Notes on Netflix: February

February – Oz Perkins, 15, 2015

february-album-cover
Credit: https://www.smythcasting.com/whats-happening/film-news/

 

Netflix rates it: 1/5

I rate it: 2/5

February, also known by revised title The Blackcoat’s Daughter, follows Kat (Kiernan Shipka) and Rose (Lucy Boynton) as they remain at their prestigious boarding school over the winter break. Both left waiting for their parents to pick them up, Rose and Kat are reluctantly forced to converse and put up with each other, however it’s not long before they’re both left with worrying thoughts over strange goings-on in the otherwise empty school. Worse still, Kat can’t seem to stop the slew of menacing visions she begins encountering. Meanwhile, Joan (Emma Roberts) is trying to make her way to the school with the help of concerned passers-by, Bill (James Remar) and Linda (Lauren Holly).

Despite clearly belonging to the horror genre, February is unlike typical horror films in so many ways. The majority of the film’s run time appears to be setting up the back story and foreshadowing the events that occur nearer to the end of the film. Although there are some horror film conventions, such as the unnerving music and classic use of a dark abandoned location, overall the film seems to lean away from stereotypical horror tropes. Rather than being a fast-paced, gory horror of the Saw variety, February is much more of a slow-burner. It takes a while to get to the real action and while yes, there is some gore near the end, it definitely relies on heavy suspense and chilling camera shots for the most part.

the-blackcoats-daughter-artwork
Credit: https://thefilmstage.com/reviews/review-the-blackcoats-daughter/

In this way, February is a particularly aesthetically pleasing film, with beautifully framed camera shots throughout, which is nice to find in a horror film. The washed out, bleak colour scheme fits perfectly with the wintery, desolate landscape that surrounds the boarding school, and makes a good addition to the general sense of unease the film brings about. The strong performances of the main cast also add to the film’s appeal; Shipka in particular delivers an impressive performance despite the fact that she doesn’t have nearly as much dialogue as may be expected in a film with a run time of about an hour and thirty-five minutes.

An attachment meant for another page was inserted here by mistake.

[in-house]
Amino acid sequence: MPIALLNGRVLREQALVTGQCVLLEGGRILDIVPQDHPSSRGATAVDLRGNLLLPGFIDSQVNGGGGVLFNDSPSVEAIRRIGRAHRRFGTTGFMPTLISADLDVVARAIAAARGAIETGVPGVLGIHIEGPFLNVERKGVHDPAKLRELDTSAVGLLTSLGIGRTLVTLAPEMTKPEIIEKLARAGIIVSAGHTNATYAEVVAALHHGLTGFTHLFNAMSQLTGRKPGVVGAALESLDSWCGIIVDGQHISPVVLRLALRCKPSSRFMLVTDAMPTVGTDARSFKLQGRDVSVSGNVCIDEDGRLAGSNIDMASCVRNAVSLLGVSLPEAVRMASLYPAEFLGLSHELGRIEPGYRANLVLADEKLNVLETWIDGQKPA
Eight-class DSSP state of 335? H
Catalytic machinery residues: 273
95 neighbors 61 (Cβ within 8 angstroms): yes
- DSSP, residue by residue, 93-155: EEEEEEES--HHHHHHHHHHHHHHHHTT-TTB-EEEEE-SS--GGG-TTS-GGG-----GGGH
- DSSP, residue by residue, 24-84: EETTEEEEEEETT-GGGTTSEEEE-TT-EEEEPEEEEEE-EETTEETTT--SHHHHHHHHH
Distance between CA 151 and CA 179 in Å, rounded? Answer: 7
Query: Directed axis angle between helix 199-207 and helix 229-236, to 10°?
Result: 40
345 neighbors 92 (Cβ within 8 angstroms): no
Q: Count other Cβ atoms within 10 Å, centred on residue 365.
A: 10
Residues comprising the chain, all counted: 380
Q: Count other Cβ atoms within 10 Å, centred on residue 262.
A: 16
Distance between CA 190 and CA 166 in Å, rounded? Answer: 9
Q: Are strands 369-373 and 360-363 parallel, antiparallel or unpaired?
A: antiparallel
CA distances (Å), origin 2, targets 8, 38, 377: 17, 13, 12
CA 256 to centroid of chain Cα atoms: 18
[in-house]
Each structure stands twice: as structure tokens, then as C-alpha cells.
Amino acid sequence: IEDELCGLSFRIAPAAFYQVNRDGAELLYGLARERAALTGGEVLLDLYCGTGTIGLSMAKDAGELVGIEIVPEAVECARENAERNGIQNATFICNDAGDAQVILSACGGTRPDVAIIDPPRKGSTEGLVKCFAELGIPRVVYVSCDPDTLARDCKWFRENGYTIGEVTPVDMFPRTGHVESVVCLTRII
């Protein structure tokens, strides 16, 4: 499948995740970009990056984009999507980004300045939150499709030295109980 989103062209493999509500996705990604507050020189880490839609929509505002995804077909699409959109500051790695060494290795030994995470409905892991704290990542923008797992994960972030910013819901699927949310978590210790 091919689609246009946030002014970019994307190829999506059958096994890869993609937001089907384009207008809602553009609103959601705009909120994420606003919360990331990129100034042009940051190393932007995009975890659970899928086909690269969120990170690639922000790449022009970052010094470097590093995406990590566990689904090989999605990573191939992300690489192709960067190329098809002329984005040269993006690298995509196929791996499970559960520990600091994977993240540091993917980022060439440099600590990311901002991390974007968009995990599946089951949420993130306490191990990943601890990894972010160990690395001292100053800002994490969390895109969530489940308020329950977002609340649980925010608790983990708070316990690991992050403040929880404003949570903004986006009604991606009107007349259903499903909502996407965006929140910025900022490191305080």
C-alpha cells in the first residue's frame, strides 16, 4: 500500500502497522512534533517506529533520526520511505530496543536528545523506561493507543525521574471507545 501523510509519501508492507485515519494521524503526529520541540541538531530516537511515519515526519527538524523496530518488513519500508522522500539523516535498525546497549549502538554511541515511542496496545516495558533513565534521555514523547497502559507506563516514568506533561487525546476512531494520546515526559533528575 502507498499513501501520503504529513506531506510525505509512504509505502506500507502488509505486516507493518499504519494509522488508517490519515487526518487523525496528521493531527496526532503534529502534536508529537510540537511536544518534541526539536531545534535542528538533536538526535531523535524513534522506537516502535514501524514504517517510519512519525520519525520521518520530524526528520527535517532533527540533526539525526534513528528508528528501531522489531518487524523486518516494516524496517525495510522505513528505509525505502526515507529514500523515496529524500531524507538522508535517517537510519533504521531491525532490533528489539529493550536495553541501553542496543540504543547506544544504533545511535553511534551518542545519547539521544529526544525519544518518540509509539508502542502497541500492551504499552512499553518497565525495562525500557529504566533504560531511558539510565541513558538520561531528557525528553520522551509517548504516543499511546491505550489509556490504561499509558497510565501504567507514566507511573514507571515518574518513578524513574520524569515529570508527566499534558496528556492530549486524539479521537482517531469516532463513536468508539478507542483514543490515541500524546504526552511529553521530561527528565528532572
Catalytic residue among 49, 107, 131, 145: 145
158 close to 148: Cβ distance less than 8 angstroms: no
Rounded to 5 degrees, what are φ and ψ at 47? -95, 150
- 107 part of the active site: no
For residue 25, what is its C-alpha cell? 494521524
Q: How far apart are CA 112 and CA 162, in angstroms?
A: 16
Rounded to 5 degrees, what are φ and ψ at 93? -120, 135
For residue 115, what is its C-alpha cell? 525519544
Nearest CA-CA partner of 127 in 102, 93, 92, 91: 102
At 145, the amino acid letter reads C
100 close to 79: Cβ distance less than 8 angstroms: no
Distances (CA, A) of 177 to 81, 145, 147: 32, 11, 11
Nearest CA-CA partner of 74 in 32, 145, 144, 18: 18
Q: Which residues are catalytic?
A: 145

Unfortunately, the film is slightly let down through its confusing plot. It is clear to see it was well thought out and involves a very clever plot twist; however it takes about half of the film for the audience to realise one of the most crucial elements of the storyline. The lack of dialogue means that the audience is often left with many questions and no answers, which is usually fine if said questions are resolved at the end of the film, but in this case some of them remain after the credits start rolling. Of course, some people might love this element of February; films are always subjective after all and the element of confusion is clearly intentional. However, for those who like to find out all the answers and know all parts of a story, this might be a downside of the film.

Overall, despite not being exactly what one might expect from a horror film, the continuous suspense, reliance on a creepy atmosphere, and a great plot twist (you’ll have to see if you can figure it out yourself!) make February well worth a watch. If you’re looking for a well-acted, beautifully filmed, non-stereotypical horror film that requires a bit of thought, this is one for you!

-Kathi Bundy

 

Photo credit for featured photo: http://www.joblo.com/horror-movies/news/february-becomes-the-blackcoats-daughter-for-july-release-166

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